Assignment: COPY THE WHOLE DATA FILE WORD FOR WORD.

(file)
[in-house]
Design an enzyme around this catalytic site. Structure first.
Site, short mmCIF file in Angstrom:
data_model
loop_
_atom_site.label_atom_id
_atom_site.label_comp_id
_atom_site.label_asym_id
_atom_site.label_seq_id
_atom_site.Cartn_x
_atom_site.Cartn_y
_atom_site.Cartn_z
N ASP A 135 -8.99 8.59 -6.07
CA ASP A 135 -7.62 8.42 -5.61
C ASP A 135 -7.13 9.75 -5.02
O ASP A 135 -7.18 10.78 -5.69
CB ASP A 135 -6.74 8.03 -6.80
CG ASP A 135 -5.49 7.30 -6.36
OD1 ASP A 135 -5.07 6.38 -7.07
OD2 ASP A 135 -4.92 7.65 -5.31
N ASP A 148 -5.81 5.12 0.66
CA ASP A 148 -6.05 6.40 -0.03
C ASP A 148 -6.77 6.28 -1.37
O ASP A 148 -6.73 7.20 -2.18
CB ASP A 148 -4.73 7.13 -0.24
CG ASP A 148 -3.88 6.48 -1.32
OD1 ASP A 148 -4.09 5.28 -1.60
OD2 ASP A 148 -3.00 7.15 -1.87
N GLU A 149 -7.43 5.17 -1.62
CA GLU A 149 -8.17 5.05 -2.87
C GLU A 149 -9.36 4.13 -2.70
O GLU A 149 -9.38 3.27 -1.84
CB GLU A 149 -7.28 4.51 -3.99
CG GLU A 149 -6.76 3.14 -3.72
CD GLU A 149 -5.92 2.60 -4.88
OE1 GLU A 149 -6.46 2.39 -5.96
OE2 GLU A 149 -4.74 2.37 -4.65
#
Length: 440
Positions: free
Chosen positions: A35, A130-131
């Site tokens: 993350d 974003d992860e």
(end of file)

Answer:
[in-house]
Design an enzyme around this catalytic site. Structure first.
Site, short mmCIF file in Angstrom:
data_model
loop_
_atom_site.label_atom_id
_atom_site.label_comp_id
_atom_site.label_asym_id
_atom_site.label_seq_id
_atom_site.Cartn_x
_atom_site.Cartn_y
_atom_site.Cartn_z
N ASP A 135 -8.99 8.59 -6.07
CA ASP A 135 -7.62 8.42 -5.61
C ASP A 135 -7.13 9.75 -5.02
O ASP A 135 -7.18 10.78 -5.69
CB ASP A 135 -6.74 8.03 -6.80
CG ASP A 135 -5.49 7.30 -6.36
OD1 ASP A 135 -5.07 6.38 -7.07
OD2 ASP A 135 -4.92 7.65 -5.31
N ASP A 148 -5.81 5.12 0.66
CA ASP A 148 -6.05 6.40 -0.03
C ASP A 148 -6.77 6.28 -1.37
O ASP A 148 -6.73 7.20 -2.18
CB ASP A 148 -4.73 7.13 -0.24
CG ASP A 148 -3.88 6.48 -1.32
OD1 ASP A 148 -4.09 5.28 -1.60
OD2 ASP A 148 -3.00 7.15 -1.87
N GLU A 149 -7.43 5.17 -1.62
CA GLU A 149 -8.17 5.05 -2.87
C GLU A 149 -9.36 4.13 -2.70
O GLU A 149 -9.38 3.27 -1.84
CB GLU A 149 -7.28 4.51 -3.99
CG GLU A 149 -6.76 3.14 -3.72
CD GLU A 149 -5.92 2.60 -4.88
OE1 GLU A 149 -6.46 2.39 -5.96
OE2 GLU A 149 -4.74 2.37 -4.65
#
Length: 440
Positions: free
Chosen positions: A35, A130-131
């Site tokens: 993350d 974003d992860e």